Giving up meat, seafood and animal products is the single most impactful (and simplest) thing you can do to reduce your carbon footprint. In fact, it makes more difference than giving up plastic, avoiding air travel and going car free.
We also know that a diet rich in plant based food is best at preventing numerous diseases. For many of us, if it's one thing we have in our power to change—for the sake of the planet and our health—it's our diet. But, kicking the meat habit can be tough.
Whether you’re trying to reduce your meat intake (and need a little encouragement), flexitarian, already vegan, or just curious, here are twelve inspiring and thought-provoking books that shed light on eating sustainably and healthily.
Farmageddon by Philip Lymbery
Farmageddon is a fascinating and terrifying investigative journey behind the closed doors of factory farming across the world —from the UK, Europe and the USA, to China, Argentina, Peru and Mexico. It is both a wake-up call to change our current food production and eating practices and an attempt to find a way to a better farming future.
We Are the Weather by Jonathan Safran Foer
American novelist Jonathan Safran Foer reveals how we have turned our planet into a farm for growing animal products, and the consequences are catastrophic. Eating for the planet and for our health are inextricably linked. Foer states his case for how a plant-based diet could help mitigate the climate crisis.
The Ethics of What We Eat by Peter Singer and Jim Mason
Ethicist Singer and co-author Mason document corporate deception, widespread waste and desensitization to inhumane practices in this consideration of ethical eating. This is a no-holds-barred treatise on ethical consumption.
Eating Animals- Jonathan Safran Foer
Faced with the prospect of being unable to explain why we eat some animals and not others, Foer set out to explore the origins of many eating traditions and the fictions involved with creating them, by traveling to the darkest corners of our dining habits, and factory farms.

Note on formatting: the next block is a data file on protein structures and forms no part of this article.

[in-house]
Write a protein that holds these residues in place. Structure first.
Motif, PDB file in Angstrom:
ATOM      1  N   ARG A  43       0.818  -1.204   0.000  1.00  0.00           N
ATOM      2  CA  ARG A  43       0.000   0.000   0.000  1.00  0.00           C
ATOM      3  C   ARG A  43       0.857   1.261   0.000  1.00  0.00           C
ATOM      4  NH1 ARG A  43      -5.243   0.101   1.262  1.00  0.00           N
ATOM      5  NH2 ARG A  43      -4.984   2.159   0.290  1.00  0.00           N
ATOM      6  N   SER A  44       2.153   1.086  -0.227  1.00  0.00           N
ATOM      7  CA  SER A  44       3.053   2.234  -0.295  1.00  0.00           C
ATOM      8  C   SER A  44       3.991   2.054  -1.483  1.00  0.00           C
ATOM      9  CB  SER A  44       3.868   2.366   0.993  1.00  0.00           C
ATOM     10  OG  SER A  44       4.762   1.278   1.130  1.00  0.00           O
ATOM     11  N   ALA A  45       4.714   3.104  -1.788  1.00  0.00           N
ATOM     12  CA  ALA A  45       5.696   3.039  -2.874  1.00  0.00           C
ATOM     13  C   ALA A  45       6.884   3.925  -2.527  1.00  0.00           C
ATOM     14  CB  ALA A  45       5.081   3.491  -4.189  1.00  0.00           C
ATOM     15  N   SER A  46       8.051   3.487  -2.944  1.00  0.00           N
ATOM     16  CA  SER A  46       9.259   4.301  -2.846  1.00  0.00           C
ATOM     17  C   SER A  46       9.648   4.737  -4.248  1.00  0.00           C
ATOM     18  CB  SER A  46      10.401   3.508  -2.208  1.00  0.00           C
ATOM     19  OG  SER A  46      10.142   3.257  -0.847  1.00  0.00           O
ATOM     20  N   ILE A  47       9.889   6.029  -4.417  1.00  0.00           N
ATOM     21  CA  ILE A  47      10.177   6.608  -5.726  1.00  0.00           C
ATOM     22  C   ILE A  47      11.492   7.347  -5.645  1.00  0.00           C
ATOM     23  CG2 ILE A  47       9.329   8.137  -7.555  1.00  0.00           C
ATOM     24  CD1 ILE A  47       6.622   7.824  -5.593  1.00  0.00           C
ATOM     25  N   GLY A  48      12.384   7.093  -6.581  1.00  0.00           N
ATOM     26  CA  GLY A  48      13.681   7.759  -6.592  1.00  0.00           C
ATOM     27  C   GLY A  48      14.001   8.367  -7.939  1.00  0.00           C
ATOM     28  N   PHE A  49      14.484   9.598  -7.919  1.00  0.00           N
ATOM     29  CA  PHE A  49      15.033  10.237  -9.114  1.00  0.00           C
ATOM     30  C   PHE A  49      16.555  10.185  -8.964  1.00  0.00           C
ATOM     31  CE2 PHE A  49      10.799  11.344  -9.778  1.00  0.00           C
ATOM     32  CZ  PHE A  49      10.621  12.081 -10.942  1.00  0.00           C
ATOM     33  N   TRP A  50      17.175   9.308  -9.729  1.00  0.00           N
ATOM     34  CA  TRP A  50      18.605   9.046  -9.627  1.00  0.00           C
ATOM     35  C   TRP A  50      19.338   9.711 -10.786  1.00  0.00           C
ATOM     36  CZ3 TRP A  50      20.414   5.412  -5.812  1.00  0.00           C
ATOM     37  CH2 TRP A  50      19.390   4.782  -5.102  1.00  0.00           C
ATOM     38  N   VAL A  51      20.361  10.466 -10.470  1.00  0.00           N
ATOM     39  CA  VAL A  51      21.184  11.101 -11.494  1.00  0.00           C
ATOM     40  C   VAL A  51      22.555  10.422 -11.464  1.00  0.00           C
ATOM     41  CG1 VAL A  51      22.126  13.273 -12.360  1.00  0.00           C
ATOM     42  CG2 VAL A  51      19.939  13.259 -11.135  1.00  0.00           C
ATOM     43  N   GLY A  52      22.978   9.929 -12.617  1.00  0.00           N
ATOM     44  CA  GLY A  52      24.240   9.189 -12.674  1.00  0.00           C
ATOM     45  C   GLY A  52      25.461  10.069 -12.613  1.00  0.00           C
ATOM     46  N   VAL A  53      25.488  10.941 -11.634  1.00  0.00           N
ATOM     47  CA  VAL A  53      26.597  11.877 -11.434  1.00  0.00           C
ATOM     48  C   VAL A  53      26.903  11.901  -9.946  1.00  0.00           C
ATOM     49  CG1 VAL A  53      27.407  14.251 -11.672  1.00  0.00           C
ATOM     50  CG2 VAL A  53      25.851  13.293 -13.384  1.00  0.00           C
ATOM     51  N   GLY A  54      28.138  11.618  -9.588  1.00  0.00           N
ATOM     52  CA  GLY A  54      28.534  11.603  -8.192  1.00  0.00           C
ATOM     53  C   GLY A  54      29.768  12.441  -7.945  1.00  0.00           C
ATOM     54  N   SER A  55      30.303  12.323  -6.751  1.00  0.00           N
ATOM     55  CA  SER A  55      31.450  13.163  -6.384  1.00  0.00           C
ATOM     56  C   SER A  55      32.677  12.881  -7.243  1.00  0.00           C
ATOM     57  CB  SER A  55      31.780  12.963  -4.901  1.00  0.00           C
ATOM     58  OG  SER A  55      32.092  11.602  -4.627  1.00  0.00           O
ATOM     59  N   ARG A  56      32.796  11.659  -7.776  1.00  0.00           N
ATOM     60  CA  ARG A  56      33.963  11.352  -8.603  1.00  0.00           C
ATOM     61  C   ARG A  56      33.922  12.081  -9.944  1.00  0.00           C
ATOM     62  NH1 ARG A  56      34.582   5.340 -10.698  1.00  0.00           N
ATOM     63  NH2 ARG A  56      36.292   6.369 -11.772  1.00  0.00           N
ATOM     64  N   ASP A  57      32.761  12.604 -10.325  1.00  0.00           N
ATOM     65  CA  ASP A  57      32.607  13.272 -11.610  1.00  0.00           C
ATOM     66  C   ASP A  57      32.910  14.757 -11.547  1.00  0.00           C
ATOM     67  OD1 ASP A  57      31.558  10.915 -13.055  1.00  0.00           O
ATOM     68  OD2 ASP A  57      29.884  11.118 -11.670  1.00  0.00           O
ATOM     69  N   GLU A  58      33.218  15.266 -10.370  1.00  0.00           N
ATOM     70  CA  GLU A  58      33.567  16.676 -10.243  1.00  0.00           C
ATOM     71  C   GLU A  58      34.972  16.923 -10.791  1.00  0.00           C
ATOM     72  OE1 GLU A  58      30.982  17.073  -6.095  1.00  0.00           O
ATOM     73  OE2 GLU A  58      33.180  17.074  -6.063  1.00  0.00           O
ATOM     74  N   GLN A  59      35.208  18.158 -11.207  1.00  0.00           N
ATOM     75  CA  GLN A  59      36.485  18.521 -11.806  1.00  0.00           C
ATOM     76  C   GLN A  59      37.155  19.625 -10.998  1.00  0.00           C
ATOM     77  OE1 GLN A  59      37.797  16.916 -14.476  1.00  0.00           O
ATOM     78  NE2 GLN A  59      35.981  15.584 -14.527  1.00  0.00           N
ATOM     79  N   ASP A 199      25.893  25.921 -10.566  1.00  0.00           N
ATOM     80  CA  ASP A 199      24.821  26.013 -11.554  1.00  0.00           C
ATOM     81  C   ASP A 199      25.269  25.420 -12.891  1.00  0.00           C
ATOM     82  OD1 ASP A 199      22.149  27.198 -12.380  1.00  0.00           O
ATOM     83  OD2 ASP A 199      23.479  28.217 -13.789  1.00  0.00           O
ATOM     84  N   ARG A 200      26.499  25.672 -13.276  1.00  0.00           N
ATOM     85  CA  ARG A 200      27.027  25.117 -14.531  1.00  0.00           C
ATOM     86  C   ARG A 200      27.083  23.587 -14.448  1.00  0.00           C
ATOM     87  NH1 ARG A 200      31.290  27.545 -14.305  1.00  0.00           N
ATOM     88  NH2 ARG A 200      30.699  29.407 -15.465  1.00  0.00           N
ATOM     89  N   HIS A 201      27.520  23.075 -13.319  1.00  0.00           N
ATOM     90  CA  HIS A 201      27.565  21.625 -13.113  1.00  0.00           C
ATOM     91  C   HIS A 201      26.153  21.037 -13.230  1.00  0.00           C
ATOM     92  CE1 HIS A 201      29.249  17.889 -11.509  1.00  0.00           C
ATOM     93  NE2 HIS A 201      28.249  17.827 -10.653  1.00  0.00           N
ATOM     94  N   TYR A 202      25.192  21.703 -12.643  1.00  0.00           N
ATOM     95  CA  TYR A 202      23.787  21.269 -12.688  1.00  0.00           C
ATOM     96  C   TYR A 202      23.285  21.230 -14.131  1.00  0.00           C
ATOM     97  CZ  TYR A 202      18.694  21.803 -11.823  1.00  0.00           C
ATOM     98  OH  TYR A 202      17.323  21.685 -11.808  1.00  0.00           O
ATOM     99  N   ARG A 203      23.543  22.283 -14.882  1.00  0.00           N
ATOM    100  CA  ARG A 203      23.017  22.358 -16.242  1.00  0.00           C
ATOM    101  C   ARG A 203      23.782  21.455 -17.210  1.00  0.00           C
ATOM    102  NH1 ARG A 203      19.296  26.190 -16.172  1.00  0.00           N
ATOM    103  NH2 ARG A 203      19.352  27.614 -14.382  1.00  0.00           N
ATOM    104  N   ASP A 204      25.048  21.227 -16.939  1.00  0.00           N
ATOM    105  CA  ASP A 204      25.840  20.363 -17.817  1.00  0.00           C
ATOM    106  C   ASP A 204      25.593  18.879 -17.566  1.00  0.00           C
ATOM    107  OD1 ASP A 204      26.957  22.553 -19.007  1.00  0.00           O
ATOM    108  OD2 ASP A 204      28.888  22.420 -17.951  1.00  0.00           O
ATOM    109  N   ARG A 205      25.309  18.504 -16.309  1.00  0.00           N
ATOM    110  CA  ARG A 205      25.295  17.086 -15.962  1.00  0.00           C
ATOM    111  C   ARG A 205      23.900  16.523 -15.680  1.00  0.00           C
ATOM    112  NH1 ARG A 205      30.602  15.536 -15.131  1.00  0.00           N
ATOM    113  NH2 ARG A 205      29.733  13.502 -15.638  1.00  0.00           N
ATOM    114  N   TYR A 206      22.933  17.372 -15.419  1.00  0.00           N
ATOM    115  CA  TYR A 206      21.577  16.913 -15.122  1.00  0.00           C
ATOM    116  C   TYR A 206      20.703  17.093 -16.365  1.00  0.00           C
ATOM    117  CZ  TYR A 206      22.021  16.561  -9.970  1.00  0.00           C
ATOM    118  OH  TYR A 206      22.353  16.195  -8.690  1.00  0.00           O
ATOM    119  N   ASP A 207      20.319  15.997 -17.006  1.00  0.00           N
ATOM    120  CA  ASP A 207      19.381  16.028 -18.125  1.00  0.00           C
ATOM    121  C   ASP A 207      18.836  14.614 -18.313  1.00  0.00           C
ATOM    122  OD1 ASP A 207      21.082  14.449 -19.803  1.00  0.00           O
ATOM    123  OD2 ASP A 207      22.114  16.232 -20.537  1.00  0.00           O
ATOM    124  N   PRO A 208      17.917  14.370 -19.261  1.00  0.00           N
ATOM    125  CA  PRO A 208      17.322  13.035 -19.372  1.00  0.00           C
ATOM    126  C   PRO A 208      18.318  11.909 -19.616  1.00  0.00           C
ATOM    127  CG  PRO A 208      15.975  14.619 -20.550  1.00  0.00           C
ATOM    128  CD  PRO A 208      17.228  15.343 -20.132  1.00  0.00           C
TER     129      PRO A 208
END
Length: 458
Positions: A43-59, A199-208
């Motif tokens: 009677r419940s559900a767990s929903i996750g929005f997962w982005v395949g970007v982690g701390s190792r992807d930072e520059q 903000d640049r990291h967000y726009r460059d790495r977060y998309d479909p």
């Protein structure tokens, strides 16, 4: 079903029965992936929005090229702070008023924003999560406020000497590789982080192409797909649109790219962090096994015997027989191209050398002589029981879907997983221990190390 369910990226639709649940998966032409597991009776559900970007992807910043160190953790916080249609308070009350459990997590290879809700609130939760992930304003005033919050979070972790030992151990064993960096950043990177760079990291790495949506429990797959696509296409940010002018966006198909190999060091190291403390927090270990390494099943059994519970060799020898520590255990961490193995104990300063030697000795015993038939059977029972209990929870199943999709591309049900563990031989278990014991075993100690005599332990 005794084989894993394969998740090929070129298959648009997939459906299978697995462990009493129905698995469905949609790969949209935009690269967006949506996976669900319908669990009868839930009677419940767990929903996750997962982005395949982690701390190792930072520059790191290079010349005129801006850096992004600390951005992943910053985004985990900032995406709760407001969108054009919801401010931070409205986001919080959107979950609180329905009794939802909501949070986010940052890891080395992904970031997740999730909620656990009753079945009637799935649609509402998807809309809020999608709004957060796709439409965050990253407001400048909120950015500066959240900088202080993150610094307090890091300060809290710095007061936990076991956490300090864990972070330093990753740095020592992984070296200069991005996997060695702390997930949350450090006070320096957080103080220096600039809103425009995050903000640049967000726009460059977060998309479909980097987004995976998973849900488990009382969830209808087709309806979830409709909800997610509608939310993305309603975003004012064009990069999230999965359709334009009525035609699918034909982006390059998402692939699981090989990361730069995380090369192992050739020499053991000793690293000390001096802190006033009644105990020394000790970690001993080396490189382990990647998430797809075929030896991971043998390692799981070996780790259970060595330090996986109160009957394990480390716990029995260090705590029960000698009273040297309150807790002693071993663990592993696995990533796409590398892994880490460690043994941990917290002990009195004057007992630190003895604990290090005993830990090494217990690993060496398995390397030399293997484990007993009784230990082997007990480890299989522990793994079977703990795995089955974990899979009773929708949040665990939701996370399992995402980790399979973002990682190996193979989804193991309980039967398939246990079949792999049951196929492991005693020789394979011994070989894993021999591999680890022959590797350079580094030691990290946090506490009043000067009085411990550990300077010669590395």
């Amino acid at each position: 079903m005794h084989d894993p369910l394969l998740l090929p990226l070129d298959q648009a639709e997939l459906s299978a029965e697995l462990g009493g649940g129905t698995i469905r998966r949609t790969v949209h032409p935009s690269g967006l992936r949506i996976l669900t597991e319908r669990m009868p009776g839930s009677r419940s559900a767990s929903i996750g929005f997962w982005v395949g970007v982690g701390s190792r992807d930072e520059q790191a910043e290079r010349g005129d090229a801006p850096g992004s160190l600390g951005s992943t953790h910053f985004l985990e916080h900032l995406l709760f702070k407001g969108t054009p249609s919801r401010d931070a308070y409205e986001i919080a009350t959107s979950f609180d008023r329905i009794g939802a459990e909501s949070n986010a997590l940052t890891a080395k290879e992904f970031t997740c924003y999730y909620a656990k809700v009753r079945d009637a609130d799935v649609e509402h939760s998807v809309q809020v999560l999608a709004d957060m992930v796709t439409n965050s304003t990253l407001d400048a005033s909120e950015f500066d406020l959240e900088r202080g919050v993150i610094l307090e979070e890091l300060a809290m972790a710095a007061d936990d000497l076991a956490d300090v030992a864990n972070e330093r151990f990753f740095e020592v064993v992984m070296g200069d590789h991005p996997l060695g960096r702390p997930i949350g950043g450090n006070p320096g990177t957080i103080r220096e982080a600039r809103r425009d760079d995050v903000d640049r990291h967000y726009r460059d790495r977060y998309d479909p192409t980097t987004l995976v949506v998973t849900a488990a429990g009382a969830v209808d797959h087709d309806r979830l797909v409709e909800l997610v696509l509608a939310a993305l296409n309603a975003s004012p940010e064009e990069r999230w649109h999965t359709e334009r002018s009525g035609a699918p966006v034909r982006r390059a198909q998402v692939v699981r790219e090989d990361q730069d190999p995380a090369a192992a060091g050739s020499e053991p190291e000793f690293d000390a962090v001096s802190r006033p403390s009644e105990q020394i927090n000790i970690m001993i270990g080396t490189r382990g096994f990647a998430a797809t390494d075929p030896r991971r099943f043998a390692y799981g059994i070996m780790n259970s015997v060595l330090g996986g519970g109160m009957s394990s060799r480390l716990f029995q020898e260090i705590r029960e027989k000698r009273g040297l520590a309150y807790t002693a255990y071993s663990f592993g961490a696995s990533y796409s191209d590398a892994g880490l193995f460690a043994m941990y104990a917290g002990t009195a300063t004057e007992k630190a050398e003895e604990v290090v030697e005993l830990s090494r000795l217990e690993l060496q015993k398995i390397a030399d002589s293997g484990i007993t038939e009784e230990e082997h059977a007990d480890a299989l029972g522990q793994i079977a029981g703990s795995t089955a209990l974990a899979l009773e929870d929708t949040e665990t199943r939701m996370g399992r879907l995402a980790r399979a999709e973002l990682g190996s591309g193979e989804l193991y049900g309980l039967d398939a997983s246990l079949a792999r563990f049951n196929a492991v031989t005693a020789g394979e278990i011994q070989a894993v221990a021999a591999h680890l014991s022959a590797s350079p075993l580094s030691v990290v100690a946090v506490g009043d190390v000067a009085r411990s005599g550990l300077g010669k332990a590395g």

How to Survive a Pandemic by Michael Greger
From tuberculosis to bird flu and HIV to coronavirus, these infectious diseases share a common origin story: human interaction with animals. These pathogens—both pre-existing ones and those newly identified— emerge and re-emerge throughout history, sparking epidemics and pandemics that have resulted in millions of deaths around the world. Dr Michael Greger, the author of the best selling book How Not To Die, delves into the origin of zoonotic diseases and looks at what we can do to prevent them.
Meatanomics by David Robinson Simon
Animal food producers influence our buying choices with artificially low prices, misleading messages, and heavy legislation and regulation control. This must-read book explains how the government props up the meat and dairy industries with tax-fuelled subsidies, and the meat industry's manipulation of the public.
Why We Love Dogs, Eat Pigs and Wear Cows by Melanie Joy
An important investigation into carnism, the belief system that conditions us to eat certain animals when we would never dream of eating others. With a foreword by Yuval Harari, the best-selling author of Sapiens, Why We Love Dogs, Eat Pigs and Wear Cows is an enlightening examination of our cognitive dissonance, and the suffering and global injustice it promotes.
Finding Ultra by Rich Roll
One of the world's most recognized advocates of plant-based living, Rich Roll turned his life around at 40 to become one of the world’s fittest humans. Here he shares the practices, tools, and techniques he uses for optimal performance, longevity, and wellness, including diet and nutrition protocols.
Animal Liberation by Peter Singer
This classic is just as relevant today as when it was published in 1975. Peter Singer exposes the chilling realities of today's factory farms and product-testing procedures—destroying the spurious justifications behind them, and offering alternatives to what has become a profound environmental and social, as well as moral, issue. Essential reading for the supporter and the skeptic alike.
Meathooked by Marta Zaraska
Despite evidence of meat’s harmful effects, the world at large is still hooked on it. Science writer Marta Zaraska explains why in this informative book on humankind’s 2.5 million-year-old relationship with meat, taking us on a journey around the world to different cultures.
Burger by Carol J. Adams
Vegan feminist scholar Carol J. Adams explores the history, business, cultural dynamics, and gender politics of the ordinary hamburger, and also looks at the way that plant-based burgers are changing and challenging our perception of the humble burger.
The Omnivores Dilemma by Michael Pollan
The Omnivore's Dilemma is an eye-opening exploration of our food choices, bringing attention to the little-known but vitally important dimensions of food and agriculture in America. Pollan launches a conversation about what we eat and the profound consequences that even the simplest everyday food choices have on both ourselves and the natural world.